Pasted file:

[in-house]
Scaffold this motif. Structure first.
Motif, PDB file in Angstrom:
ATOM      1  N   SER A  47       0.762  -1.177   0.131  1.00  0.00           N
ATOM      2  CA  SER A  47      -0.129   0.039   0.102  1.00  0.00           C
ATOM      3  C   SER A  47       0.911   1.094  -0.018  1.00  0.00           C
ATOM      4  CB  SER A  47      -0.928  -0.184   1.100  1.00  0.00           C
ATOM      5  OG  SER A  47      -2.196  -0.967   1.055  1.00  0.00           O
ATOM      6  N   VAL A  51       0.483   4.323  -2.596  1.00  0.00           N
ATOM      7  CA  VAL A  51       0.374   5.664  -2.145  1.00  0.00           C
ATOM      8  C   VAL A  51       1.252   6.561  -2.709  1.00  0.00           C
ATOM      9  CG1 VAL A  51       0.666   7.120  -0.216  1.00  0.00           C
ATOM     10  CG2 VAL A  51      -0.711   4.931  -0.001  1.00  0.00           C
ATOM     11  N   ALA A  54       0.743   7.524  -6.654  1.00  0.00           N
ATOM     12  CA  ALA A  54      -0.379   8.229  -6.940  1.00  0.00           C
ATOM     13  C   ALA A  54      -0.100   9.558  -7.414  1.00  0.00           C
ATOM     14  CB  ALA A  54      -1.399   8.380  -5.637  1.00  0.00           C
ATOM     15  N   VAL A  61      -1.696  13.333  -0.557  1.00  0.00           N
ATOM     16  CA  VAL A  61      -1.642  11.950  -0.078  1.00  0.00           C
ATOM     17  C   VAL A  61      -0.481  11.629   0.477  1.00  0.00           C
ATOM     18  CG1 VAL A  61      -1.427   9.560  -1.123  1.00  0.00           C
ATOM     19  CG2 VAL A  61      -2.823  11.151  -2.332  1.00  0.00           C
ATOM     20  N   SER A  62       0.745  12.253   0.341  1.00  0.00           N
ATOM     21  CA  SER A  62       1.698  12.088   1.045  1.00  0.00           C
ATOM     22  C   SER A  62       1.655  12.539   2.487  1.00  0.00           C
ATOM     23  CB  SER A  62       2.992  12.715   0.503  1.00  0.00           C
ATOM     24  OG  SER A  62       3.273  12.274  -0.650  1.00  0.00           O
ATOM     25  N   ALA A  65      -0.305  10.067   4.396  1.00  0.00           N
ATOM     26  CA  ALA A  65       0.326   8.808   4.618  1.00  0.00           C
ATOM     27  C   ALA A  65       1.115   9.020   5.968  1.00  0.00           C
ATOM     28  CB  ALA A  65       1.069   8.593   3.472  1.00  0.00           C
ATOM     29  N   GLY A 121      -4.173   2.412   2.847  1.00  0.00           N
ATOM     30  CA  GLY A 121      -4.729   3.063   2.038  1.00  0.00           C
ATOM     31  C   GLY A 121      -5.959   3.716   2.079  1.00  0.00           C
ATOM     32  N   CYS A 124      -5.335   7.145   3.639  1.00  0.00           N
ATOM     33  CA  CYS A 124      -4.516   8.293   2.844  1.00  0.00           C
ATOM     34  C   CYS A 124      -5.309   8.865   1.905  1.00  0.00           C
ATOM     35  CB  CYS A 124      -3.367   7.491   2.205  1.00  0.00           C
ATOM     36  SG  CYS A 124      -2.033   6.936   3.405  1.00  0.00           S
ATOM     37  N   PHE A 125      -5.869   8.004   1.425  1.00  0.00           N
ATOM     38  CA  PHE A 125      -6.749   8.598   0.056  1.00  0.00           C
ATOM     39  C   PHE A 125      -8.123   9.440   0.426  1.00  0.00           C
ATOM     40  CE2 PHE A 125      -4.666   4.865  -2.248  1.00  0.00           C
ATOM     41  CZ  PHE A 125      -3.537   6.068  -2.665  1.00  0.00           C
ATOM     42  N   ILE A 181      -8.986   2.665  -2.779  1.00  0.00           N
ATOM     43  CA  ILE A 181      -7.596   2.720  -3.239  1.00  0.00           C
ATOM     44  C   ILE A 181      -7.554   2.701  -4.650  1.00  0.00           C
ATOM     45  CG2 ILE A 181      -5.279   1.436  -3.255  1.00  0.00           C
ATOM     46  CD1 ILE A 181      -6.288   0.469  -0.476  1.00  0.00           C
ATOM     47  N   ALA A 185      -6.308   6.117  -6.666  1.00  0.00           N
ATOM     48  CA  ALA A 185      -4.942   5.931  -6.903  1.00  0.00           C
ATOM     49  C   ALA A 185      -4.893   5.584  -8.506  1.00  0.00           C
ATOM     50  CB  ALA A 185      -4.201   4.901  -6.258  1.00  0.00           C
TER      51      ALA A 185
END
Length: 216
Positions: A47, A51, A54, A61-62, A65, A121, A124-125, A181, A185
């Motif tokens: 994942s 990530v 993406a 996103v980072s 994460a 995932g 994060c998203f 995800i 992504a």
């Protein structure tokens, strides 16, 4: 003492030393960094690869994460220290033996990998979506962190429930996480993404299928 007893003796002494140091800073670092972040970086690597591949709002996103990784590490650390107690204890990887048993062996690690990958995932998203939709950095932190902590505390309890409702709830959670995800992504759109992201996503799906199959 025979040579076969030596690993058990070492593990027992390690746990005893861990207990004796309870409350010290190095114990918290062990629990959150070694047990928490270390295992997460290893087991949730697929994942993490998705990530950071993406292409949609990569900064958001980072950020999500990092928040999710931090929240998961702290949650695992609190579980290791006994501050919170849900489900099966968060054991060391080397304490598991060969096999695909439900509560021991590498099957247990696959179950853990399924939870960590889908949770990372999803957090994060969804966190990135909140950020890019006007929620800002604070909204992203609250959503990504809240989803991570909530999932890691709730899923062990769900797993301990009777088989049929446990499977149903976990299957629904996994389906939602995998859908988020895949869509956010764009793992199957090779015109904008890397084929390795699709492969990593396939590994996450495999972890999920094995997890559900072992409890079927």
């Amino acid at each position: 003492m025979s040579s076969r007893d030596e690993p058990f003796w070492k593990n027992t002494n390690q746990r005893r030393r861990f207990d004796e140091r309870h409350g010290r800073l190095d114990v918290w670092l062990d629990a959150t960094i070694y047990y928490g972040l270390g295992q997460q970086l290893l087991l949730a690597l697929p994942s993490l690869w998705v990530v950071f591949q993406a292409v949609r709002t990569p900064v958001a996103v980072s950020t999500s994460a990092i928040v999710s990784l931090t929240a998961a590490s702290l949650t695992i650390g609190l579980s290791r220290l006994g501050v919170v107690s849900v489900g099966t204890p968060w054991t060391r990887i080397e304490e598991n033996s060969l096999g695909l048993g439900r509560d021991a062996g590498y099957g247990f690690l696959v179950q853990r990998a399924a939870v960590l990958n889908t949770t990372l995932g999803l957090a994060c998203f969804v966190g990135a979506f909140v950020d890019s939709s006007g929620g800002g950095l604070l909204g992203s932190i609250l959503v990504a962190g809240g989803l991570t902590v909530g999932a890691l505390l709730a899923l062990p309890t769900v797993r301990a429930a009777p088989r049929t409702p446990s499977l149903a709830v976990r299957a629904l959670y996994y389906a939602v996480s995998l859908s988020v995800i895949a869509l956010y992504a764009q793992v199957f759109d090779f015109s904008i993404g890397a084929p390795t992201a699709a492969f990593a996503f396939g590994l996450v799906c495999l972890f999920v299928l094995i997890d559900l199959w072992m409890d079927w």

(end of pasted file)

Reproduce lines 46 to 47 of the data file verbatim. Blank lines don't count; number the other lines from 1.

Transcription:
ATOM     43  CA  ILE A 181      -7.596   2.720  -3.239  1.00  0.00           C
ATOM     44  C   ILE A 181      -7.554   2.701  -4.650  1.00  0.00           C